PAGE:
Disaster! - Shooting Constraints Summary, Draft 2

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Hey guys, i've volunteered to expand on Ntheon's first draft of the shooting constraints for the disaster film project. I've worked in indie film for a while, so I've got a couple tricks we could use for shooting on a zero budget, and to help write a story that's conducive to that. I've starred Ntheon's text, and then I expand on each point below it. So without further ado ...

*The shooting constraints may be the most important part of the project. They will affect absolutely everything else we do.

I agree. This is something every writer should be thinking about when they're writing scenes, writing characters, writing “internal” conflict – how can we make the most possible conflict in the smallest possible space?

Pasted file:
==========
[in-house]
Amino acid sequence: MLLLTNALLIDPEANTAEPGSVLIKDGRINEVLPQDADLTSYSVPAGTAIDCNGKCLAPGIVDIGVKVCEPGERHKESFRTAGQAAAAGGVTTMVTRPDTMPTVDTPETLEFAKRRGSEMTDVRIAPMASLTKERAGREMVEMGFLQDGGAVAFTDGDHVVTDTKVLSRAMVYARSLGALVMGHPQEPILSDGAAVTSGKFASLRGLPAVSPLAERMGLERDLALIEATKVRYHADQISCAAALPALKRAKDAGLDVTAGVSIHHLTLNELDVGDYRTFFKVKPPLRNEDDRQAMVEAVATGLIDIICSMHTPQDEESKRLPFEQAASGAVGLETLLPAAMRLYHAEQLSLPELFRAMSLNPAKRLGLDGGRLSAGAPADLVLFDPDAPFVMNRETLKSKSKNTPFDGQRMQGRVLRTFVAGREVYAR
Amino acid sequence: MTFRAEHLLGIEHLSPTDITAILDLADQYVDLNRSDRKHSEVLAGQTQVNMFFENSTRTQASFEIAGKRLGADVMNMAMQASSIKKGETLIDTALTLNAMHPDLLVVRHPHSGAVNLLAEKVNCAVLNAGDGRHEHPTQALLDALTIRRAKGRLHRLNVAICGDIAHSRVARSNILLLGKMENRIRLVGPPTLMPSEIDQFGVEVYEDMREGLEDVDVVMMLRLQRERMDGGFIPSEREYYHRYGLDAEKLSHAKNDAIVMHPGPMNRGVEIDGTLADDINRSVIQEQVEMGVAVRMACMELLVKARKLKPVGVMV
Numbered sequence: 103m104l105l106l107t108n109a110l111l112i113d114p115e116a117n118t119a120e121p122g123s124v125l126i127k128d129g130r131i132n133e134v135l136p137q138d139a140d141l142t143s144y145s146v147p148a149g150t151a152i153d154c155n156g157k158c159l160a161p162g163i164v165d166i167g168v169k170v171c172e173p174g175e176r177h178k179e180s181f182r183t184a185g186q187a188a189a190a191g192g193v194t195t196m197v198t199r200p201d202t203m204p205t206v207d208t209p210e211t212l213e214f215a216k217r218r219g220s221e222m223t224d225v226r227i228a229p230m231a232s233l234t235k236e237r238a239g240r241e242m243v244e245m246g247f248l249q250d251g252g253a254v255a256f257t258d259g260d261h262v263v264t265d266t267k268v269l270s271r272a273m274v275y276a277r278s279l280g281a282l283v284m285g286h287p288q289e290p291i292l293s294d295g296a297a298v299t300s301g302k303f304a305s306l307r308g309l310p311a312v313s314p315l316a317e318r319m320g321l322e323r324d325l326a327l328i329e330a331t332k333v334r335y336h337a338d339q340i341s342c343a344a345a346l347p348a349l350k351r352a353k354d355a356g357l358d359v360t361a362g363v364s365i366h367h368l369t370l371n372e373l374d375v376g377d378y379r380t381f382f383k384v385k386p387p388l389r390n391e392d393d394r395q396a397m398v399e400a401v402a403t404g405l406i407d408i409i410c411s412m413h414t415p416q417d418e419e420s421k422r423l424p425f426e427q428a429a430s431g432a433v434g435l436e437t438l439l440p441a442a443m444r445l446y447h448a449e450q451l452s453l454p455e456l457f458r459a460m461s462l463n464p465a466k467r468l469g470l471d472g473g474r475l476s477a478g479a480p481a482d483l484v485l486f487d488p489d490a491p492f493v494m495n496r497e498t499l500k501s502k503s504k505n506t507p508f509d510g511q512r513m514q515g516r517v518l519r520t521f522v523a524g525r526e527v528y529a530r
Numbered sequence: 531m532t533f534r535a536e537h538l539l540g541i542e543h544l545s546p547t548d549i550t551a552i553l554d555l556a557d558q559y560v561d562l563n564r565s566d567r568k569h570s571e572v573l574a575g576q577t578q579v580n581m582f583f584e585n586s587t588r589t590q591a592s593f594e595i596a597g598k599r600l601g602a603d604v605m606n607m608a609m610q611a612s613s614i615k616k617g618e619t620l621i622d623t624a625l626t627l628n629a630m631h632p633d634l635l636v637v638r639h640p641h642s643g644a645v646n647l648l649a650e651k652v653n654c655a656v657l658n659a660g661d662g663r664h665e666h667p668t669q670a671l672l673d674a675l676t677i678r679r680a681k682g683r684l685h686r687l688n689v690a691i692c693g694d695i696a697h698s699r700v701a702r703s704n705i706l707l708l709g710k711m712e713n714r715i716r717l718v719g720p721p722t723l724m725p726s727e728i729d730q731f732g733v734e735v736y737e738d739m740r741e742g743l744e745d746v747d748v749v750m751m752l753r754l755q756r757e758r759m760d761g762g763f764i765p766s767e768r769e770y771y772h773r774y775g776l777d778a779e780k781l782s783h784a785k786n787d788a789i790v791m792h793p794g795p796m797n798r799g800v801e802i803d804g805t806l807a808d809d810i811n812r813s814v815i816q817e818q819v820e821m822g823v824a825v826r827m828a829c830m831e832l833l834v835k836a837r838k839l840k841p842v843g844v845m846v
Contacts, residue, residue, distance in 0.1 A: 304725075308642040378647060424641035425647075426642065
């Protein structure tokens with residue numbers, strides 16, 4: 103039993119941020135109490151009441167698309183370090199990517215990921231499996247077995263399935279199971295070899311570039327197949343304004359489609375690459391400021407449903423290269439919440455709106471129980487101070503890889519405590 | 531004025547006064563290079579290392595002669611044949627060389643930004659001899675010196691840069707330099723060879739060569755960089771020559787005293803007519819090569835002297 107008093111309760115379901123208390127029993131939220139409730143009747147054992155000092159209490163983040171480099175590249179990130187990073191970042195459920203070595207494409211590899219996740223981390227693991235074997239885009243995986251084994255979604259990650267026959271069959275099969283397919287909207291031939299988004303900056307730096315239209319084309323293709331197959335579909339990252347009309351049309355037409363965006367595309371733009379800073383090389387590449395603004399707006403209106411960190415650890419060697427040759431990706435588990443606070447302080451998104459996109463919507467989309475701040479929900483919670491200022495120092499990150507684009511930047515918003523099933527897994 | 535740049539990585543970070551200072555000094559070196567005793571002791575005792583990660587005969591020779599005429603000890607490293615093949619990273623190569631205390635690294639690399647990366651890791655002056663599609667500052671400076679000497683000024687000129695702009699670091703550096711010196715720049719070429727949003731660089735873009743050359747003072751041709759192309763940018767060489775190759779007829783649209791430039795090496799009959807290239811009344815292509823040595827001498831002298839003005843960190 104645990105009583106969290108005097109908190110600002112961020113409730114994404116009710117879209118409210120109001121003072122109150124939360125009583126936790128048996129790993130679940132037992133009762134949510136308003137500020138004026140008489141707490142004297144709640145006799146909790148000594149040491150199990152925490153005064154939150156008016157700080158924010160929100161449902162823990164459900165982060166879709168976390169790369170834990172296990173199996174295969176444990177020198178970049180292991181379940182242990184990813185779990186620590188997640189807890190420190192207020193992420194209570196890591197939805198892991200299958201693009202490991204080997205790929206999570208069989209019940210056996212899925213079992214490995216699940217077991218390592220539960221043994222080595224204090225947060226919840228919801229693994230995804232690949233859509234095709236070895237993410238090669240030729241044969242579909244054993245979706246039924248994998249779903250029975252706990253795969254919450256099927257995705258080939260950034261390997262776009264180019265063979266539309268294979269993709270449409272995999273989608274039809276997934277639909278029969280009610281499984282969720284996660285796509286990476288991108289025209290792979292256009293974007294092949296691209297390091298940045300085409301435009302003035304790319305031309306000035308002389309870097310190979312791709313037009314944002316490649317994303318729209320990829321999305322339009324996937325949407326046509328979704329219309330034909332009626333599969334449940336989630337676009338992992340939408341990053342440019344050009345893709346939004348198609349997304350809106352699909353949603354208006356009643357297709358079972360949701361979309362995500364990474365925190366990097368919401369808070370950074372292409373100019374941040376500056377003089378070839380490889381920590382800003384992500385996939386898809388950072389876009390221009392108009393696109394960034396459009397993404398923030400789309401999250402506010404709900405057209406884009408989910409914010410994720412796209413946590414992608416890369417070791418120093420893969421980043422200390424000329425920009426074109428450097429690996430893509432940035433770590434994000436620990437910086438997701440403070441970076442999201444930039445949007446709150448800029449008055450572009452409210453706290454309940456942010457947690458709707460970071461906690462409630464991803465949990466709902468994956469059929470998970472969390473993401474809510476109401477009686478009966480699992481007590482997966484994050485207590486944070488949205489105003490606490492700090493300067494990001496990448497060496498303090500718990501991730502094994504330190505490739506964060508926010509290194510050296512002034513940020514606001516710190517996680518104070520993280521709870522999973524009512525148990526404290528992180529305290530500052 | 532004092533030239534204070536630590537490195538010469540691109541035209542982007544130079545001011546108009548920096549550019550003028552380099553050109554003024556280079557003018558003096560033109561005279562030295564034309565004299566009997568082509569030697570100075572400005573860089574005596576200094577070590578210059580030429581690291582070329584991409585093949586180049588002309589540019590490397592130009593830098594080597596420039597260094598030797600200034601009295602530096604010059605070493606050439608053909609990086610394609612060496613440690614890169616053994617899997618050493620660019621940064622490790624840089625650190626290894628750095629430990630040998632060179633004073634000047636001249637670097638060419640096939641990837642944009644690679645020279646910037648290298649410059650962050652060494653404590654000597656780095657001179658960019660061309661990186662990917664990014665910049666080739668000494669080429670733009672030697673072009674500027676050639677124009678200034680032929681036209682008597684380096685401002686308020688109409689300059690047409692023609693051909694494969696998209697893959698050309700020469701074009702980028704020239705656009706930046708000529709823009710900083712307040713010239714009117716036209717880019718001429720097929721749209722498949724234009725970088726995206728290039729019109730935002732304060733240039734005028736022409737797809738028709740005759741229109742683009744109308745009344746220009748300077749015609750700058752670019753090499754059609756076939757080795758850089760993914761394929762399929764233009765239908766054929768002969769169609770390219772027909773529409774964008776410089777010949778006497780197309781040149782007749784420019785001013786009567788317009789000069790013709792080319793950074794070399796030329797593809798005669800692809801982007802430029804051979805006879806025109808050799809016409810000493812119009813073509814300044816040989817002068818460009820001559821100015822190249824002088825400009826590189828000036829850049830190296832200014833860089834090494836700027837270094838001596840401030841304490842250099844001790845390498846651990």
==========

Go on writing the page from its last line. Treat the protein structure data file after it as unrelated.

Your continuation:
*These are the constraints our script must meet in order to be actually shootable by our fellow hitRECorders with no budget, and only volunteer actors spread out in different cities with no special equipment. A script that we can actually film is the goal, the whole point of the project.

“No budget” is an important point here, but the term can be a bit misleading. Having worked on a number of movies that had budgets of, like, $20,000 or less, there are a few tricks we can use to “stretch” our zero budget (legally, of course) and get a little more for our buck. This is a little more producer-type advice than writer's advice, but I think it's good to think like this when you're making a film for this little money.

First, the thing you can use to your advantage is credit card returns. If you have a credit card with a $2,000 balance, guess what? You now have a $2,000 budget! You can go out and buy things you need (props, wardrobe items, heck, even a camera if you can find it cheap enough), and then when you're done using it, you can return them as long as you're within the timeframe of your store's particular returns policy. You get your money back on your credit card, and you've basically loaned an item from a store, for free. When talking about this policy, I like to use what I call the “Wal-Mart Rule,” which is: Even if you buy a new car from Wal-Mart, you can return it if you have a receipt. :)